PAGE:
President Gibralter Discusses Budget Cuts with Students at Open Forum, Expects Tuition to Increase Again in Fall 2015

On Jan. 28, 2015, Frostburg State University President Jonathan Gibralter held an open forum to discuss the midyear tuition increase and university budget cuts with students. At the forum, Gibralter apologized to students, explained the situation, and also said he expects tuition to increase again in Fall 2015.

“Let me start by offering an apology,” said Gibralter, explaining that the university’s budget cuts were unexpected.

Gibralter said that the University System of Maryland was told to expect $8 million in cuts, across the system, but these cuts were increased after deeper cuts were made to the state budget. These cuts were made due to a lack of tax revenue.

“As a goodbye present, our parting governor tried to balance a budget that was seriously unbalanced,” Gibralter explained, noting that the announced cuts were five times greater than expected.” The entire University System of Maryland faced $40 million in budget cuts. FSU’s budget was cut $1.25 million.

In order to meet these new budget constraints, FSU increased tuition by two percent and enacted several other cost reducing measures, including a hiring freeze and a travel ban. However, there are expenditures that must be paid, especially contracted projects: a new roof and windows in Dunkle Hall, along with a new University Police headquarters, have already been approved.

Gibralter explained how certain projects get paid for while others are halted: “There are many pots of money, and we can’t take from one to balance another.” Building projects are usually funded through the capital budget, not the operational budget.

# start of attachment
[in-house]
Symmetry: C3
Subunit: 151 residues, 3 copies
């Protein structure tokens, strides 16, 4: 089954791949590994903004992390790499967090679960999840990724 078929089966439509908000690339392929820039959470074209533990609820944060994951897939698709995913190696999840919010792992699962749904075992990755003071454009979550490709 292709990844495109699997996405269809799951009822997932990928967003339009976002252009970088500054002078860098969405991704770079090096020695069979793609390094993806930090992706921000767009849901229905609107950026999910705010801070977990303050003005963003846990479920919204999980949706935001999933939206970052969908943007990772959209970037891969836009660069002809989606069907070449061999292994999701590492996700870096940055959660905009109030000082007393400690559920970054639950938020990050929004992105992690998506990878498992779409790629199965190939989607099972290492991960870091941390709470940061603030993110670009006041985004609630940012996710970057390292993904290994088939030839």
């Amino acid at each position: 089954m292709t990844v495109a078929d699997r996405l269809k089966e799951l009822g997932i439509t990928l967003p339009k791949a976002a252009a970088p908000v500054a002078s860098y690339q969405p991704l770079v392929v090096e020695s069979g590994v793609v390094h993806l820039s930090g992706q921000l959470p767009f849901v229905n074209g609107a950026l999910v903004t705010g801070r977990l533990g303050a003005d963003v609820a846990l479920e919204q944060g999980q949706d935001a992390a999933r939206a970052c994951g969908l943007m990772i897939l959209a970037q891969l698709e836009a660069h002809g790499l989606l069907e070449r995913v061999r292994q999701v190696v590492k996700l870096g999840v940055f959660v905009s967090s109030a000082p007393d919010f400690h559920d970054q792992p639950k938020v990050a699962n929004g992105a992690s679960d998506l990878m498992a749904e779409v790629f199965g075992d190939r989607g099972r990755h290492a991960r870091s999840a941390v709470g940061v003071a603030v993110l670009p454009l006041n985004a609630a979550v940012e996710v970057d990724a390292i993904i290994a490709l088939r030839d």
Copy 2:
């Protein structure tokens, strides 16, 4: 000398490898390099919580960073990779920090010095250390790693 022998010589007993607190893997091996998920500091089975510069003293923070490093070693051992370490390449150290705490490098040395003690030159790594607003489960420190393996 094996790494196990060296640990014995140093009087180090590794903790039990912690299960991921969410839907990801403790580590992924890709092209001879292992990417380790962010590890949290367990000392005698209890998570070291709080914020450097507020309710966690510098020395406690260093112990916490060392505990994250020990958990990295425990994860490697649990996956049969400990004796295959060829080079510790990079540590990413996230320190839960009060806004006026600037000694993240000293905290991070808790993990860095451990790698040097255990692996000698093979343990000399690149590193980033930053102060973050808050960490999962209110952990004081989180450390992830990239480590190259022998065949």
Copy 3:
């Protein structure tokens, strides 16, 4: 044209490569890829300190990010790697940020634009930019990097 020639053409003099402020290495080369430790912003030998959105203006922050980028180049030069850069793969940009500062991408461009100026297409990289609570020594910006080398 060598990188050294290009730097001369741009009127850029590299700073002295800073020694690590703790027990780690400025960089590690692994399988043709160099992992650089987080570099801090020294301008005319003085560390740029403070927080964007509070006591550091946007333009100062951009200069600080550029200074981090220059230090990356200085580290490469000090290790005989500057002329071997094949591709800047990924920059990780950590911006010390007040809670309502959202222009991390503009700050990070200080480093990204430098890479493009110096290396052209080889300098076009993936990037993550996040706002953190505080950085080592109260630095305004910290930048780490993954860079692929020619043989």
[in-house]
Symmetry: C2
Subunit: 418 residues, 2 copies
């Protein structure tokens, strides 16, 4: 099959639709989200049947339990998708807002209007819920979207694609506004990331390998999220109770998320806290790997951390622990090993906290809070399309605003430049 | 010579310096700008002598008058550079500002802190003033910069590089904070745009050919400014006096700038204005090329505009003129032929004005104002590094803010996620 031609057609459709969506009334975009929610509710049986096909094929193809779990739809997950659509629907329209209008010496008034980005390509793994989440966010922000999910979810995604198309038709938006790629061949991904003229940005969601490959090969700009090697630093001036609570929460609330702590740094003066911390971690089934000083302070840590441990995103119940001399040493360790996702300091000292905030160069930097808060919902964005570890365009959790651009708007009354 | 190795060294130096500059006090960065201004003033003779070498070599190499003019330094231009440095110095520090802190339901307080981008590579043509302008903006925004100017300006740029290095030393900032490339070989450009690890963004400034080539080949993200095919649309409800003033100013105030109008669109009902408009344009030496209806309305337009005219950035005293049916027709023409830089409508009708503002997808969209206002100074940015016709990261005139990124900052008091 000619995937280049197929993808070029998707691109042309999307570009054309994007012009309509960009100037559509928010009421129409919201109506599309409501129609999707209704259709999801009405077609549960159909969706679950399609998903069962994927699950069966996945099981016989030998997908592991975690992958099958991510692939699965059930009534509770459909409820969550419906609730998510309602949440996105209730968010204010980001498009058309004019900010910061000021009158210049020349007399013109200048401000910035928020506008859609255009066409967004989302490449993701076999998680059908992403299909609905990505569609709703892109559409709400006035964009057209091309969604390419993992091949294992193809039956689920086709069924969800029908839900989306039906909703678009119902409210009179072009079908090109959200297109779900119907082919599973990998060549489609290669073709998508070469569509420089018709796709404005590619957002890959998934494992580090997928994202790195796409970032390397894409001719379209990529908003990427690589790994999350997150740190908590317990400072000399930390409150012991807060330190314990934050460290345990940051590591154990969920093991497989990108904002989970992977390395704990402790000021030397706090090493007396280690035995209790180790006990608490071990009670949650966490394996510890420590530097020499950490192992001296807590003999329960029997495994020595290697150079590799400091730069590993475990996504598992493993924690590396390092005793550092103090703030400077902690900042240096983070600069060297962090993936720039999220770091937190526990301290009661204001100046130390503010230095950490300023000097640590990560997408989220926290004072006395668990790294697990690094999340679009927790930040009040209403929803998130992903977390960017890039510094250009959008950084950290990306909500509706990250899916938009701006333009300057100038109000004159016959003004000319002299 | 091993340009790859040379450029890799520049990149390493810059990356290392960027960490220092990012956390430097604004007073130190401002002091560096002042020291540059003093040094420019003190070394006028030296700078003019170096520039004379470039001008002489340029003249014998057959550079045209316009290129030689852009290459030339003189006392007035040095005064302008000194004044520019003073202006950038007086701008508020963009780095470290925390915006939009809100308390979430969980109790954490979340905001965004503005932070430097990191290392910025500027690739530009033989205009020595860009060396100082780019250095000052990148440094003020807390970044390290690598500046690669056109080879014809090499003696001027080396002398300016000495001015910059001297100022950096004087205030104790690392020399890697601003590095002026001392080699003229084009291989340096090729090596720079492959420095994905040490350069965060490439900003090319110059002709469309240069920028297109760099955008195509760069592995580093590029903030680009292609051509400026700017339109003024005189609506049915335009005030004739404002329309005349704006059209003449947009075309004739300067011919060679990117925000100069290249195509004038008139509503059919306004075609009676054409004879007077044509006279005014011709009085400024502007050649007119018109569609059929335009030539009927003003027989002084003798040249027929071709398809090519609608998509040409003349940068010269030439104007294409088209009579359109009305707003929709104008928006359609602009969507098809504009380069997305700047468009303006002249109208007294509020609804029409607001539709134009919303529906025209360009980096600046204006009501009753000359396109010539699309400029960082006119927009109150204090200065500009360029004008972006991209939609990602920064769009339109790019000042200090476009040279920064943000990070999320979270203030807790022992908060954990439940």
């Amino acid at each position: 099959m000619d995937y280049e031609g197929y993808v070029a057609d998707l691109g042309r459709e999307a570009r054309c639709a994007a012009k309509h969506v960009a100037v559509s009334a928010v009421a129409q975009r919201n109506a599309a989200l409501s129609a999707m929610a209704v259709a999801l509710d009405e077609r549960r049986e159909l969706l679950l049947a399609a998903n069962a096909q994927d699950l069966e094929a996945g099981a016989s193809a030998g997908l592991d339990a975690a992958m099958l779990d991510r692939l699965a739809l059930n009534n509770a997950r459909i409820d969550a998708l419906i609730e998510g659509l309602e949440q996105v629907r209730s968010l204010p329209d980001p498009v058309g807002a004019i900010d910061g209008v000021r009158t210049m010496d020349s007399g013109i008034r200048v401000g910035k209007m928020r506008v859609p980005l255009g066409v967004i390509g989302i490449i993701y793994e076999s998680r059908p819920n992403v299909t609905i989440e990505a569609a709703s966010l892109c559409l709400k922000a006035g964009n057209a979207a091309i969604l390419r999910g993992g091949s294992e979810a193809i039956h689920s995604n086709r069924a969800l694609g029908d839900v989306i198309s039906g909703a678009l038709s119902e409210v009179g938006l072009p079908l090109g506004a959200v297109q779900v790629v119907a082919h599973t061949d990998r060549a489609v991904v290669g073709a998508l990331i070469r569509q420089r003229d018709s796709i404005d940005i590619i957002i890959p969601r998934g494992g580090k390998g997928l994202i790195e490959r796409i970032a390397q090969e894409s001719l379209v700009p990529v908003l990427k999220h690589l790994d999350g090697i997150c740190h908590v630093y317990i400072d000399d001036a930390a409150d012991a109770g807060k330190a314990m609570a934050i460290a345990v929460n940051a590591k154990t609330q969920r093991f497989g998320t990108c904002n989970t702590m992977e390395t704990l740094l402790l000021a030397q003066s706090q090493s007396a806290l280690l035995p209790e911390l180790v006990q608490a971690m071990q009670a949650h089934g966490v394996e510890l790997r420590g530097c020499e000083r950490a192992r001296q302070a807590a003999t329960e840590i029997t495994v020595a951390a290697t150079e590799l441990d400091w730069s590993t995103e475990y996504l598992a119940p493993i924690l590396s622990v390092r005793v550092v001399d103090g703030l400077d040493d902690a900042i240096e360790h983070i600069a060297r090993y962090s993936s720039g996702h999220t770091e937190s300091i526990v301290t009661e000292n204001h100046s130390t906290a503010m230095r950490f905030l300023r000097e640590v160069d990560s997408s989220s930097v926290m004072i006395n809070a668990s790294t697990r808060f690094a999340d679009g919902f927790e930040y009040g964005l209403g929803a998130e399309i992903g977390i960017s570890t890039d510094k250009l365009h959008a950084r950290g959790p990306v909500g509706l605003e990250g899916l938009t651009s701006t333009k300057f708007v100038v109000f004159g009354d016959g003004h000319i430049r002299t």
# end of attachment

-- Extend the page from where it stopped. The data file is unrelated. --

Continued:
One student asked whether tuition would be increased again in the Fall 2015 semester.

“I would expect that you would have anywhere from a three to five percent increase when you come back in the fall,” said Gibralter. A five percent increase would amount to a roughly $150 increase in tuition for a full time, in-state student.

University of Maryland College Park, Towson University, and Salisbury University also increased tuition by two percent. In addition, Gibralter noted, College Park charged its students a nearly $800 tuition surcharge. “All the [university] presidents want to keep tuition low,” he commented.

The end of the hiring freeze is unknown. “One thing I’m committed to is not having to lay people off; they love their jobs, and they love their students,” emphasized Gibralter. He explained that only essential personnel would be hired when necessary for the health and safety of the students, such as police officers.

Another student asked how the budget is prioritized. “The main priority is not cutting services to students, and not affecting the livelihoods of staff and students,” Gibralter commented. The staff alone can account for nearly 65-70% of the budget at times. “They have felt the pain, but we’ve always kept this away from students,” he said. Academic scholarships will continue to be unaffected.

Gibralter said that the budget cuts would put the FSU through a “12-18 month rough patch.”

Brad Kroner contributed to this article.

Pictured: Jonathan Gibralter, President; William Childs, Provost; Steven Spahr, Chief of Staff and VP for Economic Development and Government Relations; and David Rose,VP of Administration and Finance.

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